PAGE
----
Heading into the wilderness should be fun and relaxing, but arriving at your campsite without certain essentials can make the entire experience unbelievably stressful. There are a few things you absolutely must have with you when you leave society behind, and a few practices you can employ to ensure you don’t leave home without them.

Once you’ve assembled all your most important gear, you should lay it out on your bed next to your pack.

For starters, when you’re putting together a camping pack, you’re going to need enough food and water to get you through your intended length of stay. That said, it’s also advisable to bring extra rations in the event that you get lost or injured. While that would be a lot of heavy water to carry, you can easily invest in some water purification tablets instead that would allow you drink from sources in the wild.

While true for any camping situation, lone campers especially should bring along a survival kit and a small first aid kit. The implements in each of these kits, from antibacterial ointments to fishing hooks, could mean the difference between life and death in the wild.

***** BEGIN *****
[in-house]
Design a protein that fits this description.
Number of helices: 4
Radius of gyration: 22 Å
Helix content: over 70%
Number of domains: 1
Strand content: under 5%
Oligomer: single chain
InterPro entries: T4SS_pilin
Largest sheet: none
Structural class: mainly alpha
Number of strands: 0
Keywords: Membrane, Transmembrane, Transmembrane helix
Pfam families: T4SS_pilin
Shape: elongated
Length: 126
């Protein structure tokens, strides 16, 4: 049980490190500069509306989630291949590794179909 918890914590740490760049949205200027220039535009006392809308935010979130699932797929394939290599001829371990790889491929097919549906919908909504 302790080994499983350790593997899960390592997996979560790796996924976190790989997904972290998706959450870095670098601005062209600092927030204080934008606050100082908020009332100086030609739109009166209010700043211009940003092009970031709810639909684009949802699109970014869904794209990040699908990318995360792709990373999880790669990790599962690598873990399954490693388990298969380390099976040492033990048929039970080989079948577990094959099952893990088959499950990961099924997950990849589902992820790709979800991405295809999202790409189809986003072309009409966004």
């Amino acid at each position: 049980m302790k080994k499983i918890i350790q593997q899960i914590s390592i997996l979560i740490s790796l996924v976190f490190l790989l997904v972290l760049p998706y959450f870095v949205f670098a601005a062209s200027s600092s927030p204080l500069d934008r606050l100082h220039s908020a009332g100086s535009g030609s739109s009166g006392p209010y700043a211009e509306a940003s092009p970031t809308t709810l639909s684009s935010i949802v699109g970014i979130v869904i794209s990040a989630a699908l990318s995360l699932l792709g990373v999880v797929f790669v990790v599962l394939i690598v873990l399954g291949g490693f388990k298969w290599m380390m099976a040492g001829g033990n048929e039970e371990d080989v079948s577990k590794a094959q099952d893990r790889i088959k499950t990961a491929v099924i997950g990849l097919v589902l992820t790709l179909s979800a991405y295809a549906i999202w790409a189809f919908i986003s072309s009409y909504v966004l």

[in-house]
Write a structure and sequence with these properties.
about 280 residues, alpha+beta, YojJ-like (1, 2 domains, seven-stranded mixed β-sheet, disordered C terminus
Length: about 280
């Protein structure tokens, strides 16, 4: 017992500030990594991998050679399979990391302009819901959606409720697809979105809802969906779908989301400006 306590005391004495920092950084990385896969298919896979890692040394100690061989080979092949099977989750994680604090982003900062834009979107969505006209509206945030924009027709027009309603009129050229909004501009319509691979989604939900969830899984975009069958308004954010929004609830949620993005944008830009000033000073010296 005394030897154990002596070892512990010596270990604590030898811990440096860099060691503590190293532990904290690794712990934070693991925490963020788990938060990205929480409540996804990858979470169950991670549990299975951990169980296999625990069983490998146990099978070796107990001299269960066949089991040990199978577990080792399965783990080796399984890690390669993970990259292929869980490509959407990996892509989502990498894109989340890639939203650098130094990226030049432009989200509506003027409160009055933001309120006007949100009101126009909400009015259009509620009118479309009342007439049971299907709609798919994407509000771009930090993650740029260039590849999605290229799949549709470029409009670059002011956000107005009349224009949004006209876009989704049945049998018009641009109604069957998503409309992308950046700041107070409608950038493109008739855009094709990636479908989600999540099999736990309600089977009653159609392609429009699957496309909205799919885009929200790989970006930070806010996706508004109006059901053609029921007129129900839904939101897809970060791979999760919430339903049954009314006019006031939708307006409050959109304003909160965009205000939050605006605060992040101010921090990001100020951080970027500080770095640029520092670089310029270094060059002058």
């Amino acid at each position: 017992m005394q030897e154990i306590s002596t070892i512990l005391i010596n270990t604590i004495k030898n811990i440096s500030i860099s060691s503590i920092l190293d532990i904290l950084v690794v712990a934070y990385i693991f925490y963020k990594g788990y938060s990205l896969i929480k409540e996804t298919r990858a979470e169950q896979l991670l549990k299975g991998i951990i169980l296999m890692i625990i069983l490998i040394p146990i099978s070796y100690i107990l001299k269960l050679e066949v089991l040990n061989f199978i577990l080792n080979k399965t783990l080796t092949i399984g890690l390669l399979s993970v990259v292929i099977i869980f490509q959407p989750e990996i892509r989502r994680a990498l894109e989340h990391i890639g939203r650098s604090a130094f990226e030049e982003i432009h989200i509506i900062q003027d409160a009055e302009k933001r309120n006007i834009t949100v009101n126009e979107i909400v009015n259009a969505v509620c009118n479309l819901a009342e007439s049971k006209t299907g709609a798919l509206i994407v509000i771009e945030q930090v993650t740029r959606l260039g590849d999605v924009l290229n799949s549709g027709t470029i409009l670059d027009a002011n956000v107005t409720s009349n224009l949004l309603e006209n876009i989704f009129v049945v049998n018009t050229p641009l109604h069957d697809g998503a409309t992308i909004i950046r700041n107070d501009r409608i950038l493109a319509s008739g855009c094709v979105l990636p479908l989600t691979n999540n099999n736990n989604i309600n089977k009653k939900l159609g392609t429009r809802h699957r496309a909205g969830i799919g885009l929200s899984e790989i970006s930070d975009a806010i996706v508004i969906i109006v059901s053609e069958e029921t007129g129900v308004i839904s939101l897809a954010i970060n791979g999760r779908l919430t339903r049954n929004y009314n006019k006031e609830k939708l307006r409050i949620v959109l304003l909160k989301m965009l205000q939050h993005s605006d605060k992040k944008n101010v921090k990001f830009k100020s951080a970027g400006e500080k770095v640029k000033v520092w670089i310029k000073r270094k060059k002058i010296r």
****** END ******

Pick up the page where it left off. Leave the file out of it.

Sources of light are also highly recommended, whether a headlamp, lantern, flashlight, or all three. Fire is traditionally an important light source in the wilderness, so something to help you get that started, like a wind- or waterproof lighter or a flint and steel set is also recommended.

Once you’ve assembled all your most important gear, you should lay it out on your bed next to your pack. Load it up and unpack it several times, thinking critically about which items you’ll need and when you’ll need them. That way, when it’s time to prep for your journey, you’ll be confident that you’ve remembered everything important, and that it’ll be accessible exactly when you need it.

Christopher Thomas
Last updated by Christopher Thomas

Building PCs, remodeling, and cooking since he was young, quasi-renowned trumpeter Christopher Thomas traveled the USA performing at and organizing shows from an early age. His work experiences led him to open a catering company, eventually becoming a sous chef in several fine LA restaurants. He enjoys all sorts of barely necessary gadgets, specialty computing, cutting-edge video games, and modern social policy. He has given talks on debunking pseudoscience, the Dunning-Kruger effect, culinary technique, and traveling. After two decades of product and market research, Chris has a keen sense of what people want to know and how to explain it clearly. He delights in parsing complex subjects for anyone who will listen -- because teaching is the best way to ensure that you understand things yourself.